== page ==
even though I live about 40 minutes away as well and work in the park, I rarely ever go in the main canyon. I usually have seen enough after I'm done with work so I do not need to immerse myself in that circus at all
 

Janice

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Glad we already enjoyed Angel's Landing - it was part of our kids' first trip to the magical Desert SW in 2009.

I'm intrigued about the public-private nature of recreation.gov. I hadn't previously wondered about that, and I just found that Booz-Allen revamped the system a few years ago and currently runs it. I'm sure it takes a lot of IT expertise to do this, so of course they need to cover costs, but how much profit are they making? I wonder how much they make off of each reservation (or lottery attempt) vs. how much money goes to parks. Does anyone have access to that info?
 

kwc

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Glad we already enjoyed Angel's Landing - it was part of our kids' first trip to the magical Desert SW in 2009.

I'm intrigued about the public-private nature of recreation.gov. I hadn't previously wondered about that, and I just found that Booz-Allen revamped the system a few years ago and currently runs it. I'm sure it takes a lot of IT expertise to do this, so of course they need to cover costs, but how much profit are they making? I wonder how much they make off of each reservation (or lottery attempt) vs. how much money goes to parks. Does anyone have access to that info?

A Google search indicates that the private company takes all of the fee money. None of the state or federal agencies get any money at all.
 

Janice

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A Google search indicates that the private company takes all of the fee money. None of the state or federal agencies get any money at all.
On recreation.gov, I'm seeing that there are "recreation fees" (for campsites, permits, etc.) and "reservation fees" (to "cover the cost of the reservation services"). One would hope that recreation fees go to park operations and reservation fees go to the private company. Do you think so?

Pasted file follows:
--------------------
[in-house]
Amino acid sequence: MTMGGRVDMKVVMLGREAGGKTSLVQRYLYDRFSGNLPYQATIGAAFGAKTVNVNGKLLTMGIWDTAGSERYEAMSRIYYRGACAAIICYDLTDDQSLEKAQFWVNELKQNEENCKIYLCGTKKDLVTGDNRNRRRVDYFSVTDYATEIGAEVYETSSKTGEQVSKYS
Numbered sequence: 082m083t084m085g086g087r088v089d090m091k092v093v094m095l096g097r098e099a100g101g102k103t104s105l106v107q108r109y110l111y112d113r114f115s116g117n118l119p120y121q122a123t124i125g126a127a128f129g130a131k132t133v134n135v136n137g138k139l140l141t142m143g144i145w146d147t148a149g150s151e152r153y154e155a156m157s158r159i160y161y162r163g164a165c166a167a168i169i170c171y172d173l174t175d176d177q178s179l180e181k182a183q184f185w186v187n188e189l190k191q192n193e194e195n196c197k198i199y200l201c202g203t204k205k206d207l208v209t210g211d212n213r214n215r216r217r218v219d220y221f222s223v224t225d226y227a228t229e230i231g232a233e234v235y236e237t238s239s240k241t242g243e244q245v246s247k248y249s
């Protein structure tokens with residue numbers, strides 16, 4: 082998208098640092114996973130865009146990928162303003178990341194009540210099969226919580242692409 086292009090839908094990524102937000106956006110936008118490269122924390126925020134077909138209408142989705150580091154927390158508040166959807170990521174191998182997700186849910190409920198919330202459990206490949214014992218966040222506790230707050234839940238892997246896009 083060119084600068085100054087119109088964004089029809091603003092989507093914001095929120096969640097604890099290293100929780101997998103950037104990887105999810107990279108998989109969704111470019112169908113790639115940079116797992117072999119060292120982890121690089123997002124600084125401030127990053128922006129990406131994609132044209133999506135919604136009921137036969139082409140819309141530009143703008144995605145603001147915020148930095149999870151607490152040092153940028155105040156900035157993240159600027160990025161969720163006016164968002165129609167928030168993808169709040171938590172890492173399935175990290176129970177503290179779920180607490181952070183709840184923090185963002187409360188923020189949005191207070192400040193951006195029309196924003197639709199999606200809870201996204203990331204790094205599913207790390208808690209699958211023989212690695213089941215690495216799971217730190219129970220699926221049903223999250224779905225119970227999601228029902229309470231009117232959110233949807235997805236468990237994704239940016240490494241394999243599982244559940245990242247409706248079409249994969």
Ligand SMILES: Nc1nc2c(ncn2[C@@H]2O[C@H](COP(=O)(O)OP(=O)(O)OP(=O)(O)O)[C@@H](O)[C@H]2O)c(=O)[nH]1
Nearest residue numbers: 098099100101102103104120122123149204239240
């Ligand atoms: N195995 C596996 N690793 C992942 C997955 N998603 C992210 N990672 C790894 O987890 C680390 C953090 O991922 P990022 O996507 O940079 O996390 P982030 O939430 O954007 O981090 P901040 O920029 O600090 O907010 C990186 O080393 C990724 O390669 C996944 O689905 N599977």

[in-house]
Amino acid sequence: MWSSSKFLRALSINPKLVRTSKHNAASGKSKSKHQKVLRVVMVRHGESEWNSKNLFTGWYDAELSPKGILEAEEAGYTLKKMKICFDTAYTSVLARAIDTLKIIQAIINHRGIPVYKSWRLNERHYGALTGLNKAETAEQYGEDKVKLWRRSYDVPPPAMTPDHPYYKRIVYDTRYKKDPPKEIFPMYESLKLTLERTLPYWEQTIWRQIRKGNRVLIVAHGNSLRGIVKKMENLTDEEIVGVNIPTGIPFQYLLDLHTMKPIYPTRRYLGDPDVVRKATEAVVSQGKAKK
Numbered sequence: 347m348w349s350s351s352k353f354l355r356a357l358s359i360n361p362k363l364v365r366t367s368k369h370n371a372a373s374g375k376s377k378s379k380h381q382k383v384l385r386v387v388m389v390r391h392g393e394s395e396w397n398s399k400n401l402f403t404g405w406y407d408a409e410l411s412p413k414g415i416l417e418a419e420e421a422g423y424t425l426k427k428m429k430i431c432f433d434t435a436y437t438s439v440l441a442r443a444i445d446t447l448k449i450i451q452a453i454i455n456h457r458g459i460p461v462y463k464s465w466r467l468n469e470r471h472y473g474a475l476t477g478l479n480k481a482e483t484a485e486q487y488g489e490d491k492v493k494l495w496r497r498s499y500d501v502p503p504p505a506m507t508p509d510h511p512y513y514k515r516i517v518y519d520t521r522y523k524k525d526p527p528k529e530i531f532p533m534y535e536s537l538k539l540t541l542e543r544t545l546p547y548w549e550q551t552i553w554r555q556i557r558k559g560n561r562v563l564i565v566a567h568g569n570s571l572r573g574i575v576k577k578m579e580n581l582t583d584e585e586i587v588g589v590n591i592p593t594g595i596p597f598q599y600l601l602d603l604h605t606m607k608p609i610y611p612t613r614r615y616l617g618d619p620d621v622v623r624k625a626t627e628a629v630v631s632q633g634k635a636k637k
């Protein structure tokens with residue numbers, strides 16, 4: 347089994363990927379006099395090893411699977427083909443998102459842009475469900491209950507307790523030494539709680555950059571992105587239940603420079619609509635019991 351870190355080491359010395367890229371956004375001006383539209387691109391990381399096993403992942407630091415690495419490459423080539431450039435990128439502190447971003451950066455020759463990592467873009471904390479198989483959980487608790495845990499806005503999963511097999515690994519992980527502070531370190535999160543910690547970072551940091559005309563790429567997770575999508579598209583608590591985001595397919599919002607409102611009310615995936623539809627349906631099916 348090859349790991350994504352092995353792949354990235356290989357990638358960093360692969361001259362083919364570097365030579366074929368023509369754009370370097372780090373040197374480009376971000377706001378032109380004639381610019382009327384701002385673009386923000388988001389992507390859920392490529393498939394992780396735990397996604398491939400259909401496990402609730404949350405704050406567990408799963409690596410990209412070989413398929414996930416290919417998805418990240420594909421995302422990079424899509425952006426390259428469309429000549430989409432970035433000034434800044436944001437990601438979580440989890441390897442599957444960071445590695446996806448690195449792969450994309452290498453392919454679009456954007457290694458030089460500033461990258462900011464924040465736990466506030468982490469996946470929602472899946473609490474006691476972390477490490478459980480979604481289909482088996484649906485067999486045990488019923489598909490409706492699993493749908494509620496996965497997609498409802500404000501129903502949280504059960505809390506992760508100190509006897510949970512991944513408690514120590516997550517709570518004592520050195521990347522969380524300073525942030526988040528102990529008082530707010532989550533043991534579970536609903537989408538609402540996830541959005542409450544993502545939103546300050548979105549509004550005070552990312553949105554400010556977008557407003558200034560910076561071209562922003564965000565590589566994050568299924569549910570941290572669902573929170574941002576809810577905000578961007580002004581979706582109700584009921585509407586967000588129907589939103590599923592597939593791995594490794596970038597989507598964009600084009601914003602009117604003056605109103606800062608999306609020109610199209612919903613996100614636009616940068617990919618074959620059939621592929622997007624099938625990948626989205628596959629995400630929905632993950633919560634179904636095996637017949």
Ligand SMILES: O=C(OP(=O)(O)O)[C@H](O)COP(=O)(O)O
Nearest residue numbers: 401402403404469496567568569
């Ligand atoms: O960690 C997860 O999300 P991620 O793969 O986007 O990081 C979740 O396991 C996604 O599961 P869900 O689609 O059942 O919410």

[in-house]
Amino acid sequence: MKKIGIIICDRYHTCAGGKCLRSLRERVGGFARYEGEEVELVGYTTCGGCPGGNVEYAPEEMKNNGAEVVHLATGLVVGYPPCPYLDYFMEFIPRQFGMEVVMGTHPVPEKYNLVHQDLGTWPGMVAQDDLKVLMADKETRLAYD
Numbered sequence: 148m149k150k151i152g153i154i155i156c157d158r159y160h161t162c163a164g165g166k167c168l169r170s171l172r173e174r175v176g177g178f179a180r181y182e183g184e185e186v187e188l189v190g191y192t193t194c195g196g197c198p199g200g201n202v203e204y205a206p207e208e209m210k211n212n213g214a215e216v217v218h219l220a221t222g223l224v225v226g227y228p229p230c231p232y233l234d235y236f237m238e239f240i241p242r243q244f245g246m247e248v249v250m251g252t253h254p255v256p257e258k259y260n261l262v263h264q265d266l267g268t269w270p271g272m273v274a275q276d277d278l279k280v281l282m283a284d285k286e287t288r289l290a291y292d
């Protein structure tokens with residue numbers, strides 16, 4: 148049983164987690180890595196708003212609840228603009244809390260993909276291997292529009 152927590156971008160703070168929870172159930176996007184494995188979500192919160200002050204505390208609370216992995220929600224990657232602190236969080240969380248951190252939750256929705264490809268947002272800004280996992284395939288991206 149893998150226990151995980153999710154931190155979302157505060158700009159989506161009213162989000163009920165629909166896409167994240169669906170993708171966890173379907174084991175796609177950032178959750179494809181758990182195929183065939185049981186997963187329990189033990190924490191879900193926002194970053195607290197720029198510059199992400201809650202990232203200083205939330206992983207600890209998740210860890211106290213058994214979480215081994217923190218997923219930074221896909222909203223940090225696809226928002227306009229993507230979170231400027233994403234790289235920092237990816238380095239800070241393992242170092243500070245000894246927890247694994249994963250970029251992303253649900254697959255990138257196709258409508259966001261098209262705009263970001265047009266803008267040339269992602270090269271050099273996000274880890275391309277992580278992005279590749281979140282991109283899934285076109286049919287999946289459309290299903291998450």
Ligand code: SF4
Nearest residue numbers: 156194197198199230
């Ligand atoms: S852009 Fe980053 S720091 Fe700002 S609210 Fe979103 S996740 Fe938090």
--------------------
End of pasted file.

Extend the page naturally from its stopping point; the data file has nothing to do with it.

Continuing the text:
kwc

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On recreation.gov, I'm seeing that there are "recreation fees" (for campsites, permits, etc.) and "reservation fees" (to "cover the cost of the reservation services"). One would hope that recreation fees go to park operations and reservation fees go to the private company. Do you think so?

per The Outdoor Project, the company keeps all the reservation fees. The actual permit fees go to the state/federal agency. But the company collects fees on every single application, so there may be 30,000 applications but only 1,000 permits given out. So 30,000 times $6 each gives the company a nice chunk of change. Multiply that by the number of places requiring a reservation/permit, then wow.
 

IntrepidXJ

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per The Outdoor Project, the company keeps all the reservation fees. The actual permit fees go to the state/federal agency. But the company collects fees on every single application, so there may be 30,000 applications but only 1,000 permits given out. So 30,000 times $6 each gives the company a nice chunk of change. Multiply that by the number of places requiring a reservation/permit, then wow.

The more they advertise (and they do on social media), the more people apply for permits, the more money they make, the harder it becomes for everyone to get permits. It's a losing situation for everyone except them.
 

Janice

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per The Outdoor Project, the company keeps all the reservation fees. The actual permit fees go to the state/federal agency. But the company collects fees on every single application, so there may be 30,000 applications but only 1,000 permits given out. So 30,000 times $6 each gives the company a nice chunk of change. Multiply that by the number of places requiring a reservation/permit, then wow.
A couple years back when I applied for Wave permits but didn't get them, I was disappointed but figured the BLM could at least use the application money. Foolish. Dumb me. :(
 

IntrepidXJ

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And now, this: timed entry starting at Arches on January 3rd. $2 per reservation at recreation.gov. Assuming that's per vehicle, it adds up to almost $1,000.000 using 2020's numbers.

I would rather see the permit fees go back to the parks/agencies instead of a private company. We should not be privatizing this.